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  3. K9s OverCoffee

    April 27, 2015 6:10 pm

    Great post on such an important command! Our boy Buzz's recall is excellent, even around distractions. I make sure to always have one of his favorite balls on me when we practice our recall outdoors. We practice having him come along to our mailbox to check the mail in the afternoon, off-leash, and then reward with ball playtime. Works like a charm 😉

    His sister Missy's recall has become much better than it used to be, and while we also practice the mailbox route with her, we still need to keep her on an extra long leash, because her prey drive is pretty strong. If a cat or bunny were to cross her path, she'd chase after them!!

    We prefer not letting the pups hike off leash because we're a bit too scared of what critter they could potentially run into or after 😉

    Reply
    • Tenacious Little Terrier

      April 27, 2015 9:13 pm

      I have rules for off-leash hiking. We go with other people/dogs so Mr. N has a bigger dog around for "protection" from hawks and things. I don't let him off-leash if the trail is super steep and we don't go at dusk/dawn when the creatures are stirring.

      Reply
  4. Susan Willett

    April 27, 2015 6:37 pm

    So smart. I've been working on recall — always with high-value treats as well. It's hard to find places to do it that are a step up from a yard, but we've been working on a somewhat empty dog park, and that's been working. I haven't had the courage to go off leash in the woods behind my house because deer and fox and chipmunks are way too exciting. And there's poison ivy and Lyme Disease, so I like to keep my pups close.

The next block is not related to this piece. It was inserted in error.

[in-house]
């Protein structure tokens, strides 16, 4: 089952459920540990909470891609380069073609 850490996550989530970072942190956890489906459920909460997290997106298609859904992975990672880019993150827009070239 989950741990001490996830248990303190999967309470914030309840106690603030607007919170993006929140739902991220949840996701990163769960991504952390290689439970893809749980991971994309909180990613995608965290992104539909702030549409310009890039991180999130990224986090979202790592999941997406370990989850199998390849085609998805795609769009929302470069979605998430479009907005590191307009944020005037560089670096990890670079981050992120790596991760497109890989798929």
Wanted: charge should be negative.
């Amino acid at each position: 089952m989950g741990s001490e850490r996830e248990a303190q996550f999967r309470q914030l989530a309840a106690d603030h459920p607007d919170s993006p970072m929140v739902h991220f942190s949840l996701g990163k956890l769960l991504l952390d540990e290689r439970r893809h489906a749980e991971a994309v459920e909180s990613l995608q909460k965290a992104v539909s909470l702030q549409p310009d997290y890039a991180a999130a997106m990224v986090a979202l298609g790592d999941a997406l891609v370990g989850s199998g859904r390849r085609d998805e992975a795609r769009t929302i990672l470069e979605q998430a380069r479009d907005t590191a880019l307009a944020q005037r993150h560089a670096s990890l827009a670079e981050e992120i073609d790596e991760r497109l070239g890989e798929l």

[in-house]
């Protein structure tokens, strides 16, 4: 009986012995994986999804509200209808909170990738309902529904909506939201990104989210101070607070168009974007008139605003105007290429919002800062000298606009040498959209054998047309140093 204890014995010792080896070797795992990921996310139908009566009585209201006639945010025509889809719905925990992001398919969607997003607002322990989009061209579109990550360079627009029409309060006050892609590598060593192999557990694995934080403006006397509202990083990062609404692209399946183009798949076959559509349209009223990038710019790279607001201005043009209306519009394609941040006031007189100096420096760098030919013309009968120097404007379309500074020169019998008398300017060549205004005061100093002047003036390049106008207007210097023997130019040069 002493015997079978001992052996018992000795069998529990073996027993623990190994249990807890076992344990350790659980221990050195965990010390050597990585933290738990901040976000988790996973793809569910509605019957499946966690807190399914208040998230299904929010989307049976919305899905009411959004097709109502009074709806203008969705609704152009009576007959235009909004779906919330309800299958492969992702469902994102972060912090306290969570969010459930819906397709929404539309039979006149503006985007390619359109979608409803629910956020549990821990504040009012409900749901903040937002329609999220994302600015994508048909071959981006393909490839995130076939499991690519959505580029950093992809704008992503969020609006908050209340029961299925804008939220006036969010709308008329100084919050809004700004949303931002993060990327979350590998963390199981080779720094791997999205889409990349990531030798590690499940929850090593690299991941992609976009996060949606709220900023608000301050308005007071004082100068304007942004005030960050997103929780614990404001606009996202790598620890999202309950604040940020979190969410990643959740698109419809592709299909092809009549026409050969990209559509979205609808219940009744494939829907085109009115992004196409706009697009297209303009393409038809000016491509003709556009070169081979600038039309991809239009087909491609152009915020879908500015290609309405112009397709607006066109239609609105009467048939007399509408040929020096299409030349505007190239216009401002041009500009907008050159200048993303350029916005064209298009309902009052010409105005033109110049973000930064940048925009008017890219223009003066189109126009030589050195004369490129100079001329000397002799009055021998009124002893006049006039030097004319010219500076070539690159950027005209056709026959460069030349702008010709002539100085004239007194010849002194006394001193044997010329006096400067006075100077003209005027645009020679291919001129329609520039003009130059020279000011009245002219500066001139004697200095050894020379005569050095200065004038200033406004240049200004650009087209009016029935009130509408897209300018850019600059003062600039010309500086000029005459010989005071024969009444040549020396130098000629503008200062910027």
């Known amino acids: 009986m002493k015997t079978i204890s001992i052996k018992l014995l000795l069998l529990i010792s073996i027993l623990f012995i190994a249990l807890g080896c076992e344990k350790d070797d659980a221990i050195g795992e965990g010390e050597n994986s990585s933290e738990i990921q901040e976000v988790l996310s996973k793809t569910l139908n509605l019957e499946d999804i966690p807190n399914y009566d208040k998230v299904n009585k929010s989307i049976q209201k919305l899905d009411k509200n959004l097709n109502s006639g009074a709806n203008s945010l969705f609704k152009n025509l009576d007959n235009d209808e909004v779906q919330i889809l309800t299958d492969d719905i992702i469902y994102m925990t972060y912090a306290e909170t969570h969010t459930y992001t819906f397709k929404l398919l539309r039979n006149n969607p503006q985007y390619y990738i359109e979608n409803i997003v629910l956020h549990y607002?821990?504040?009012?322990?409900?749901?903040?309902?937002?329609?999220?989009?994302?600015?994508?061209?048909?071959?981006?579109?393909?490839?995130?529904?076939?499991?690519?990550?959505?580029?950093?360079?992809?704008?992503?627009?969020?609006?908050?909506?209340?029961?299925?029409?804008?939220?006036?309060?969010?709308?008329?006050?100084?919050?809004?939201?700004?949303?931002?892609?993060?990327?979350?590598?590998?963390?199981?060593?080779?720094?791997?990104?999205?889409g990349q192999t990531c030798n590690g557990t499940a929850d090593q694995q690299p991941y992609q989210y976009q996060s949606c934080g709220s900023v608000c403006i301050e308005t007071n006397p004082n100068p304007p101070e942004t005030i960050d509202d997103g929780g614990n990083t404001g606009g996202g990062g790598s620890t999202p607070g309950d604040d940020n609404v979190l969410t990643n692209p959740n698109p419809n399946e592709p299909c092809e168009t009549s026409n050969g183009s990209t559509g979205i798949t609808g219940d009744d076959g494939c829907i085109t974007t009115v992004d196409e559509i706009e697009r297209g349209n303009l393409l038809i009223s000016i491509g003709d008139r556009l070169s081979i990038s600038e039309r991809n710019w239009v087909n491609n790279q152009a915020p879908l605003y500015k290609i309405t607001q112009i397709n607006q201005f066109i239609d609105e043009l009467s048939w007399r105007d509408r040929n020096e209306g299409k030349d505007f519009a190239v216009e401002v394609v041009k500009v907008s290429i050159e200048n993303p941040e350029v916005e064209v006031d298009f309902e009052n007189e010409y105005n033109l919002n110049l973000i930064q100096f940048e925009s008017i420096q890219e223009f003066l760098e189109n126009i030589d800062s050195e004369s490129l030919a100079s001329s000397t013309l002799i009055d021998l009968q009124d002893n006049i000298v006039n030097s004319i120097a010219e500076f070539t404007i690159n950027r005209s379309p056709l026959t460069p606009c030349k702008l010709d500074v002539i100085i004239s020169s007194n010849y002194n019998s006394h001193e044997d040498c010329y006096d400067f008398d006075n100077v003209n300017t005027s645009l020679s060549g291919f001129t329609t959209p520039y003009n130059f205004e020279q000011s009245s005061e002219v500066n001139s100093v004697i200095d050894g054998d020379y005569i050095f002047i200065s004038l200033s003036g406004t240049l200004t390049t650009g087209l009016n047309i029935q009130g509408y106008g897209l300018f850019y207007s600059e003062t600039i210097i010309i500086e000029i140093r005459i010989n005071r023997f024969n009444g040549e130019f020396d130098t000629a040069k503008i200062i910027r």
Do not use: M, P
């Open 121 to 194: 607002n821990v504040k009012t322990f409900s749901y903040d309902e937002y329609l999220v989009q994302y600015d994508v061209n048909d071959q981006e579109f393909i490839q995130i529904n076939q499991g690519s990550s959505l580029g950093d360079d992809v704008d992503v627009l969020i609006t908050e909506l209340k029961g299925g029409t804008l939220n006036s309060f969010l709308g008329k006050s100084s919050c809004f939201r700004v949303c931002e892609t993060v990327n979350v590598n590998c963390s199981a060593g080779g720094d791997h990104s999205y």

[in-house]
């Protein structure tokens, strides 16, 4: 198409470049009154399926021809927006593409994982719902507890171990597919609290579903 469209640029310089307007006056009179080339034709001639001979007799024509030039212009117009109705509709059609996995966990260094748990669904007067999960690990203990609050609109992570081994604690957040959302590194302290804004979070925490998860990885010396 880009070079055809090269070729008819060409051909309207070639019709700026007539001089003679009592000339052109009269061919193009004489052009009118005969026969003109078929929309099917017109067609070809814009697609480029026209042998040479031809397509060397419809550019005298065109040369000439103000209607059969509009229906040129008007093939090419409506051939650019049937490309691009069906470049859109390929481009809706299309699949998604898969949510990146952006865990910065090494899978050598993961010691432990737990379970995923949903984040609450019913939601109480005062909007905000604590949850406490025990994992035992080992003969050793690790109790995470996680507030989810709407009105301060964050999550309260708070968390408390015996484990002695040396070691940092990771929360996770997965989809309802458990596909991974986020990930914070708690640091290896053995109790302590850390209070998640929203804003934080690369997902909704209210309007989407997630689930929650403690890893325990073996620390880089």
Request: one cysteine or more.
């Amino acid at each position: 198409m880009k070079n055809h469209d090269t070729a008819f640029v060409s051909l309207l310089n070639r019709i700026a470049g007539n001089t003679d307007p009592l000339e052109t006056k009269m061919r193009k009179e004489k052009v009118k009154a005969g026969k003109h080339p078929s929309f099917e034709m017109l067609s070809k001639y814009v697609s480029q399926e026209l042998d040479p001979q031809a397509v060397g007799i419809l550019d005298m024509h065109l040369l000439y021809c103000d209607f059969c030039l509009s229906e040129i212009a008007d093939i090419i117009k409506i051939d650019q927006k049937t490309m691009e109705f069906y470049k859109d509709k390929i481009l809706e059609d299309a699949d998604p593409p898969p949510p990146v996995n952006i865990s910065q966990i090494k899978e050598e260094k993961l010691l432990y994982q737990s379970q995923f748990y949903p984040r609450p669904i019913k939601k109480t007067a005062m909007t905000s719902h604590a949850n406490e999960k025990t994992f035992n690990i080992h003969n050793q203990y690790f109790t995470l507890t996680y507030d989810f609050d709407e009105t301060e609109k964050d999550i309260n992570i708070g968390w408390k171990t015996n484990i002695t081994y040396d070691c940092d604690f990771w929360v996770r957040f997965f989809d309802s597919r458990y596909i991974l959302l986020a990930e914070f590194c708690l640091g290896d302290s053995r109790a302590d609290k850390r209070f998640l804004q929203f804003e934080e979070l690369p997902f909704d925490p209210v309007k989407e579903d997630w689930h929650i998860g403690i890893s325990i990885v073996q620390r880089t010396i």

–Wags (and purrs) from Life with Dogs and Cats

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  5. MyDog Likes

    April 28, 2015 12:34 am

    These are excellent tips! Harley has always been a selective listener when it comes to recall. Charlie is so obsessed with his frisbee that his recall is near 99% off leash! Sharing this now!

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  6. Jackie Bouchard

    April 28, 2015 1:23 am

    Great list of tips. Around here there are too many things to worry about hiking (coyotes, snakes, etc.) so she never hikes off leash. So, I must confess, we never kept up her recall training. Guess we should practice every once in a while, just in case, but she's not a runner (our previous dogs would try to bolt every time we opened the door!) and she's never off leash when we're out and about, so it hasn't been at the top of our training list.

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  7. Kari Neumeyer

    April 28, 2015 3:07 am

    We learned our lesson a few weeks ago when I let Mia out of the car off leash without knowing there was a deer nearby. We lost her for about an hour. She's our reliable dog… but it's hard to deer-proof any dog!

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  8. Chasing Dog Tales

    April 28, 2015 3:39 pm

    Fantastic tips! I especially like the last one. Haley has really good recall, but I never tempt fate in situations where her instincts could take over or there's an element of danger. Great job, Mr. N to be at 97-98 percent reliable! 🙂

    Reply
  9. Who Rescued Who

    April 28, 2015 8:19 pm

    Mr. N is so cuuute! With my deaf dogs, what I do is I dance around like an idiot until I hope they see me with their peripheral vision, it takes a lot out of a girl, then I act like I am super excited to go in the house (they are never off leash outside of the yard due to their deafness and the fact that my only recourse is interpretive dance to get them to pay attention to me), as if the couch is suddenly covered in bacon. Sometimes they come. Sometimes they just dig a hole. Still adore those little monkeys. Tenacious Little Terrier, I am jealous!

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  10. Janet Keefe

    April 28, 2015 8:43 pm

    These are such great tips. We're still working with Luke on this, though he'll probably never be purposely off leash since he's fearful. Our golden Sheba is pretty reliable, but I keep her on leash mostly (because I'm paranoid…LOL). When we're hiking though she pulls so much it's easier to let her off at times. The beagle never comes off…don't trust that nose because when the nose goes into gear the ears shut off!
    Jan, Wag 'n Woof Pets